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As the prices of homes have elevated in many locations over recent years, often aspiring homeowners will consider buying a property with intent to rent out part of the space, such as a basement or spare bedroom, to tenants or roommates. The benefit of this plan is to use the rental income to offset the mortgage payment, increasing the potential mortgage value a borrower could qualify for.

When the space is a self-contained suite, fully compliant with municipal zoning (i.e. the suite is legal/permitted), the borrower can use the (projected) rental income added to their own to help qualify for the mortgage. For example, a client could buy a legal 4-plex, occupy one unit and use the rent from the other three added to his own to make the mortgage qualifying debt-to-income ratio work.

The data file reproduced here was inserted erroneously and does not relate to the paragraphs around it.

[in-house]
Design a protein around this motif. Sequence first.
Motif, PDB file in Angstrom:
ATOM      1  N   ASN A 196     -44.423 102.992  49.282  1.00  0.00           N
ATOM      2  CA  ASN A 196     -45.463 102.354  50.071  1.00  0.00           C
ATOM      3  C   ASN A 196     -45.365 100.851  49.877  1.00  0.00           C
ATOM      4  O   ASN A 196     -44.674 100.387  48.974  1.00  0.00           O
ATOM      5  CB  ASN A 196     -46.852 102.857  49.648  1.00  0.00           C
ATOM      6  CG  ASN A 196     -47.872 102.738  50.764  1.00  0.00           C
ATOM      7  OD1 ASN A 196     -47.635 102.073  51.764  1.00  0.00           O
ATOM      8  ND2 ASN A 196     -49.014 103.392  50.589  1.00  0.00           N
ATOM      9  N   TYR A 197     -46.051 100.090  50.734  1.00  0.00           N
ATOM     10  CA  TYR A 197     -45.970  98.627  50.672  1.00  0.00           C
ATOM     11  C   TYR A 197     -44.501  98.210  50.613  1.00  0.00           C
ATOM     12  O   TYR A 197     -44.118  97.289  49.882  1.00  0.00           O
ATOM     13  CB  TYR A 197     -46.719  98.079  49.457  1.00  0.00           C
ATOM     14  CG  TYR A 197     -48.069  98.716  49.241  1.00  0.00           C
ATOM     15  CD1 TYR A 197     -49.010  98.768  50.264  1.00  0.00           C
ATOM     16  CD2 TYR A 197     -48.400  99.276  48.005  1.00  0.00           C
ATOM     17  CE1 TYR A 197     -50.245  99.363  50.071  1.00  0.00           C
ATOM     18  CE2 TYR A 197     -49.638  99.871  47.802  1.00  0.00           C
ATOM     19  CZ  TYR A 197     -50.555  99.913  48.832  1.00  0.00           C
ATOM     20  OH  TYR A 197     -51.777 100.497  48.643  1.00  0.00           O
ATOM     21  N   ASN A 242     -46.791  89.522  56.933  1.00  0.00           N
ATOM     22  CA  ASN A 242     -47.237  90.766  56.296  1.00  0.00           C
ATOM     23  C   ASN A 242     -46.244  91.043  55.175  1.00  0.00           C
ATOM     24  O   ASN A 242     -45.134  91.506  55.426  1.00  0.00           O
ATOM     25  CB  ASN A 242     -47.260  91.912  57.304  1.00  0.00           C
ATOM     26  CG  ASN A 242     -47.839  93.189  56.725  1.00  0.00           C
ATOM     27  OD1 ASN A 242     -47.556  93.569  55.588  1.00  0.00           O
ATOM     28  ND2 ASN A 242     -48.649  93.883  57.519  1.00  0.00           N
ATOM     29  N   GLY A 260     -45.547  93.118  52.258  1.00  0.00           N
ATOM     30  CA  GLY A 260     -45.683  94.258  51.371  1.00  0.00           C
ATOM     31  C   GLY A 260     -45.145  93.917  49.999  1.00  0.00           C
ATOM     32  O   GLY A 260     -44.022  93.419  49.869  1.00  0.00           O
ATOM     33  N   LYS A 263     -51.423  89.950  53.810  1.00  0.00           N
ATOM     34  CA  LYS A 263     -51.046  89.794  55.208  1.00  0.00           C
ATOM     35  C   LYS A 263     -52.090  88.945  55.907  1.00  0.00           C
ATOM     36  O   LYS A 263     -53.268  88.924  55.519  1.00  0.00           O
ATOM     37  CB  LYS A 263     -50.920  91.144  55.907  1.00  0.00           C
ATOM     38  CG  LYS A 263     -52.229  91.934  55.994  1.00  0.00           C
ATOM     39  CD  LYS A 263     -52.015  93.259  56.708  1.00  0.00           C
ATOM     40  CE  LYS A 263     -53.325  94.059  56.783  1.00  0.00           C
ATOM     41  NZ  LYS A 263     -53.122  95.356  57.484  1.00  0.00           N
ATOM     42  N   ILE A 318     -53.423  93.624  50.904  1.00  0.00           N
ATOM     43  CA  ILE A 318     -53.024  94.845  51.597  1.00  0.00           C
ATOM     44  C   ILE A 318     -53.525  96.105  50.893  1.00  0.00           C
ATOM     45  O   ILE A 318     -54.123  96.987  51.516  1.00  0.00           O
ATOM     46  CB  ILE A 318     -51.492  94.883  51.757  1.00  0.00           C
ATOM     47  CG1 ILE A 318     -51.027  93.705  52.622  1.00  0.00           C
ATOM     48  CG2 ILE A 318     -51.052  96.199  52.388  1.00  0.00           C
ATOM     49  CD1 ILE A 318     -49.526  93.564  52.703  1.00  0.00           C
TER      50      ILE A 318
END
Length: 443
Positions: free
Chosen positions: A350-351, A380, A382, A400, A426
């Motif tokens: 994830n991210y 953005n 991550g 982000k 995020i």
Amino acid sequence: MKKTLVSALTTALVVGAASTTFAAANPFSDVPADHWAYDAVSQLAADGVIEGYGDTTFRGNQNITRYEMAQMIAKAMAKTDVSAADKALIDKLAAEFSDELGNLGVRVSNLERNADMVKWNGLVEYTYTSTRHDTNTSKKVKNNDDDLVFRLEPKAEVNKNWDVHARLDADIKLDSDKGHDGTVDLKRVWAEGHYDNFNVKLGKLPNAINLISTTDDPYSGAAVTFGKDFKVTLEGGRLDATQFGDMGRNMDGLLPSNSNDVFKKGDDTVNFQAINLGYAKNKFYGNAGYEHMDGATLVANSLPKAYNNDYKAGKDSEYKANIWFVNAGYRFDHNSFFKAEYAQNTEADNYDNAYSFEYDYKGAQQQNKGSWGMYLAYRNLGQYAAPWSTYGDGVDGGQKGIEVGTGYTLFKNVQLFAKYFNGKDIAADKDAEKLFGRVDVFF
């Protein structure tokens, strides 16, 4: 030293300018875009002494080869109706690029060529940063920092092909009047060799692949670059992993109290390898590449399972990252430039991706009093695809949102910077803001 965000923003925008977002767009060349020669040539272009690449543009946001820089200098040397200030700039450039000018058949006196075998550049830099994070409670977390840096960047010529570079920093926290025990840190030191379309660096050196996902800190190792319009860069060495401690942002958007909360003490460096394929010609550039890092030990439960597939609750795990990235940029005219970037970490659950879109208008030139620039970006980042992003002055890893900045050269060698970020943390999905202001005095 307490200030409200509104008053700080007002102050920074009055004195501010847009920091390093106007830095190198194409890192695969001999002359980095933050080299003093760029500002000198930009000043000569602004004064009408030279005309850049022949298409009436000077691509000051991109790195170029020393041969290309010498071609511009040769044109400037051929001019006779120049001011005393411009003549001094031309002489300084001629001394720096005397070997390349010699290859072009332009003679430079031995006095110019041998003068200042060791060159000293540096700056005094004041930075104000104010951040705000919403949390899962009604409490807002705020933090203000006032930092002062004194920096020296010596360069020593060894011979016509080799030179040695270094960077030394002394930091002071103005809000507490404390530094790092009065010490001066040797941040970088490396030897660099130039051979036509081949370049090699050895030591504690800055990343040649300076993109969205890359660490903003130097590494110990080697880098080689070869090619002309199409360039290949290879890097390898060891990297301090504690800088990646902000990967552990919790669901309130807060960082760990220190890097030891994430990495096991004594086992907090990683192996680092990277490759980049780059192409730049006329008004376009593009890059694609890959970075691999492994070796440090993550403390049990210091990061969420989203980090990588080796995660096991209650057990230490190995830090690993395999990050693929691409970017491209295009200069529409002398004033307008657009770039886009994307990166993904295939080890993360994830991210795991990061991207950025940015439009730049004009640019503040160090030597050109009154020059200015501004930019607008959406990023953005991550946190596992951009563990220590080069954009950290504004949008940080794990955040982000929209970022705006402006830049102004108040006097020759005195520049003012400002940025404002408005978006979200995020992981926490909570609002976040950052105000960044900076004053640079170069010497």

However, when the space is a room in your house, or income from a non-permitted (illegal) suite (basement, garage, etc.) that income is generally not allowed to be factored into qualifying as the municipality could force you to shut down your suite. Now this doesn’t mean you can’t rent out a space in your property; it just means you can’t use the projected income to help you qualify for the mortgage because the income is unreliable from a mortgage lender’s point of view.

To prove the amount of rental income a legal space could generate, lenders often require an independent assessment from a licensed property appraiser. Your mortgage professional would help you coordinate this. If leases are already in place, then those can be used to prove income instead.

When you, as the owner, occupy the property; the minimum down payment is as low as 5% provided the property is a 4-plex or less. When you do not intend to live in one of the units, then the down payment requirement is much higher, currently 20% down for a non-owner-occupied rental.

Certain lenders are better to work with than others for qualifying mortgages where the potential rental income is required to make the numbers work. Contact me today for more information.